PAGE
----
Australia Announces Plans for CBDC Pilot Program

On Wednesday, the Reserve Bank of Australia (RBA) disclosed plans for an upcoming pilot phase of its central bank digital currency (CBDC) dubbed eAUD.

In its announcement, RBA stated that it had invited a few firms, including MasterCard and ANZ, to help explore more than ten use cases for the eAUD.

RBA Assistant Governor Brad Jones says the pilot program will enable policymakers to understand how the eAUD will benefit the country’s economy and financial system.

RBA Invites a Blockchain-Based Company to Its CBDC Pilot Program

A notable firm invited by RBA is Canvas Digital. It runs an Ethereum layer-2 network that uses zero-knowledge (zk) rollups to process transactions. The company partnered with Israli-based firm StarkWare to develop the network.

Through the use of USDC and the eAUD, Canvas Digital will pilot the processing of foreign exchange transactions. The firm’s co-founder David Lavecky says he sees a huge benefit in using stablecoins and CBDCs in international remittances.

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StarkWare President Eli Ben-Sasson says the move by RBA to pilot the use cases of its CBDC shows the world that digital currencies are not empty hype and can be used in our daily life.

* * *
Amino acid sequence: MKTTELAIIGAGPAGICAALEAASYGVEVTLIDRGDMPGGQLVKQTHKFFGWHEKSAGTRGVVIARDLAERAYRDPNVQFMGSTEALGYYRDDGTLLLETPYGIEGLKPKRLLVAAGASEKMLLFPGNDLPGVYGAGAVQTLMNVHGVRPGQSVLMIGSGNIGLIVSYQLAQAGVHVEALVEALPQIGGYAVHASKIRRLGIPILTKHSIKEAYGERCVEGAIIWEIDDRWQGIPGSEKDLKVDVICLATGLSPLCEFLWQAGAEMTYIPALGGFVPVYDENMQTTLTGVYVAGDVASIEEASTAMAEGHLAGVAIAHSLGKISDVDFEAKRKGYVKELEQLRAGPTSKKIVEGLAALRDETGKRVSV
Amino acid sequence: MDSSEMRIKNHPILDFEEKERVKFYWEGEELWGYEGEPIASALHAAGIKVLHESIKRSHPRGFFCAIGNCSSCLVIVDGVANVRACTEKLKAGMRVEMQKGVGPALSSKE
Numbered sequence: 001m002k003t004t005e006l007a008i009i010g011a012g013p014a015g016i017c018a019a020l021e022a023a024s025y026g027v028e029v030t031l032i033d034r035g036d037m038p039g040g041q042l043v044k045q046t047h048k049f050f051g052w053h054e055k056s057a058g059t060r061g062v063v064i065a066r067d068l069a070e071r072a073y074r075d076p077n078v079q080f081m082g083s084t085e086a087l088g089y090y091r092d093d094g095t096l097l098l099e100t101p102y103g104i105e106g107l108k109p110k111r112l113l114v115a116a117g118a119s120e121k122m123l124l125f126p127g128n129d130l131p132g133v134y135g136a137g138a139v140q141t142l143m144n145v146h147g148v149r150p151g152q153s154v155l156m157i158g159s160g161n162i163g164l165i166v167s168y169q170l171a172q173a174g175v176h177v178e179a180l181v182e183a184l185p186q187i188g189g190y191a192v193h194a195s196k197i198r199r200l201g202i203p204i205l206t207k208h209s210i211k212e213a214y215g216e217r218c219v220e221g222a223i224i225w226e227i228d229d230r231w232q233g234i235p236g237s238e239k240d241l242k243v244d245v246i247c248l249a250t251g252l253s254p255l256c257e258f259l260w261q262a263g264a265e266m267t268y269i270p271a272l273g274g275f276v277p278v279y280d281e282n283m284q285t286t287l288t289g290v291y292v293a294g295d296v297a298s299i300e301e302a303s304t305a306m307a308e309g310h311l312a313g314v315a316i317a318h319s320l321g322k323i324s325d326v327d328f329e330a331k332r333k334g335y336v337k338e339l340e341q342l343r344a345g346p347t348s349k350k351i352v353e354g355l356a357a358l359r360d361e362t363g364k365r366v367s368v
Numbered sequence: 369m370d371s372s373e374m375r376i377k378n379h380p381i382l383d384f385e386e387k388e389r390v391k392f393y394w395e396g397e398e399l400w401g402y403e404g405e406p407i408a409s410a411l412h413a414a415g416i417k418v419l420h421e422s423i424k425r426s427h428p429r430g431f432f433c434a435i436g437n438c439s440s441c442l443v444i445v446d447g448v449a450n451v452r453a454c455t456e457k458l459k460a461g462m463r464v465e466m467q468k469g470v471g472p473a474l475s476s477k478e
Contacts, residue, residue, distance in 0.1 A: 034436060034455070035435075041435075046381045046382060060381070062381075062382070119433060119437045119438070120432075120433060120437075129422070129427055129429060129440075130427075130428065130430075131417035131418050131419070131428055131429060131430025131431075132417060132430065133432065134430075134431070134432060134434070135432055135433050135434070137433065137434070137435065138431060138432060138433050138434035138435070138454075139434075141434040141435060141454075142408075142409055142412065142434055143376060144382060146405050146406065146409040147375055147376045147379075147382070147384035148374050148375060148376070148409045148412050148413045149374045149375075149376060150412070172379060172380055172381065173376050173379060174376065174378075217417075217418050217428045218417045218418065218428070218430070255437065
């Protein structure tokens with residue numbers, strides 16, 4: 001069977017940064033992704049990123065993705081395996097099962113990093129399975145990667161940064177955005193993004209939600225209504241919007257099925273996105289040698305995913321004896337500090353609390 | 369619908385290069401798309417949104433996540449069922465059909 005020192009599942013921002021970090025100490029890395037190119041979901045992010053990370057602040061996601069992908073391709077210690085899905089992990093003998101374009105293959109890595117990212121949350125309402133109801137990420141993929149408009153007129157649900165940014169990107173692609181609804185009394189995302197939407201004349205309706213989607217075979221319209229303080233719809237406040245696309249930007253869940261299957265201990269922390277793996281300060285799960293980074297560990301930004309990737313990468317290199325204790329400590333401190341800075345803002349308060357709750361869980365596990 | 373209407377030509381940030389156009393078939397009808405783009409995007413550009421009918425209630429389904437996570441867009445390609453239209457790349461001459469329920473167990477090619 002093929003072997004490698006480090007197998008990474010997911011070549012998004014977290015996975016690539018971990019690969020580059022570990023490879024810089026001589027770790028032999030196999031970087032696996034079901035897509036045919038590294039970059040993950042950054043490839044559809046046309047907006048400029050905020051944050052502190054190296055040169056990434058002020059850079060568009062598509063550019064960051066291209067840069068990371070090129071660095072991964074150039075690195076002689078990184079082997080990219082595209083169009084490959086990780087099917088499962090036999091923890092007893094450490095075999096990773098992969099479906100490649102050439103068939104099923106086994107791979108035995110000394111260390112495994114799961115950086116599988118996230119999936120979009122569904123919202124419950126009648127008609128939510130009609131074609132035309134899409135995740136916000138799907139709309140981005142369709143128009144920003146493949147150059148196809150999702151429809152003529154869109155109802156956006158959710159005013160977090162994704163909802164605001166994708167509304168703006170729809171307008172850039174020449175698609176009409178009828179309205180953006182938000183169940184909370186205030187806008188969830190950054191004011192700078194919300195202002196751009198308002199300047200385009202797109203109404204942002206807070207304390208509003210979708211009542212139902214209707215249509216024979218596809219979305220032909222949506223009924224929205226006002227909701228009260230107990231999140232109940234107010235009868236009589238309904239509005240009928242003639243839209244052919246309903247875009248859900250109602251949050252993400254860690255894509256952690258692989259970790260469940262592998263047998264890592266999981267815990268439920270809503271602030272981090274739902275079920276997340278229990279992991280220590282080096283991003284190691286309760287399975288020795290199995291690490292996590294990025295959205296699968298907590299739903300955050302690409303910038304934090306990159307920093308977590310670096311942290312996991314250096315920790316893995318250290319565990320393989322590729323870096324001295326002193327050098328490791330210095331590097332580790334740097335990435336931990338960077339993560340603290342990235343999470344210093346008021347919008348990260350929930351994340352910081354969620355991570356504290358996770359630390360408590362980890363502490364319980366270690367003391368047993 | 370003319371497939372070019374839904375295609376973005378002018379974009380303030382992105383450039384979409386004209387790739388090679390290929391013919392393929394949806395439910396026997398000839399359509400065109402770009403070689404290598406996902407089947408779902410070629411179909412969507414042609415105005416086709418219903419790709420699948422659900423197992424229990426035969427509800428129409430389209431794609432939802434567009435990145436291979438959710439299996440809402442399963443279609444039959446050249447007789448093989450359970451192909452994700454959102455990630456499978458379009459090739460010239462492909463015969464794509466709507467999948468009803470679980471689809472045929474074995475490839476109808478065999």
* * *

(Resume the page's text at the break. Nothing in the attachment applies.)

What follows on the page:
CBDCs closely resemble stablecoins in the sense that both are pegged to the price of a specific fiat currency like USD. However, the major difference is that CBDCs are issued and fully backed by governments, while stablecoins are managed by private entities.

Recent Data Shows a Growing List of Countries Adopting CBDCs

According to data on the American think tank Atlantic Council website, over ten countries have rolled out their respective CBDCs, while more than 80 countries are either developing or piloting a CBDC. Further, Japan has scheduled a CBDC pilot test for April.

Jones believes the US will soon develop a CBDC because of the growing support in Congress. He says American lawmakers have started to realize that the dominance of the US dollar could be at risk if other countries race ahead while the US sits behind.

The RBA Assistant Governor says CBDCs have the capacity to facilitate faster and cheaper cross-border payments compared to traditional financial systems, which take several days to process transactions.

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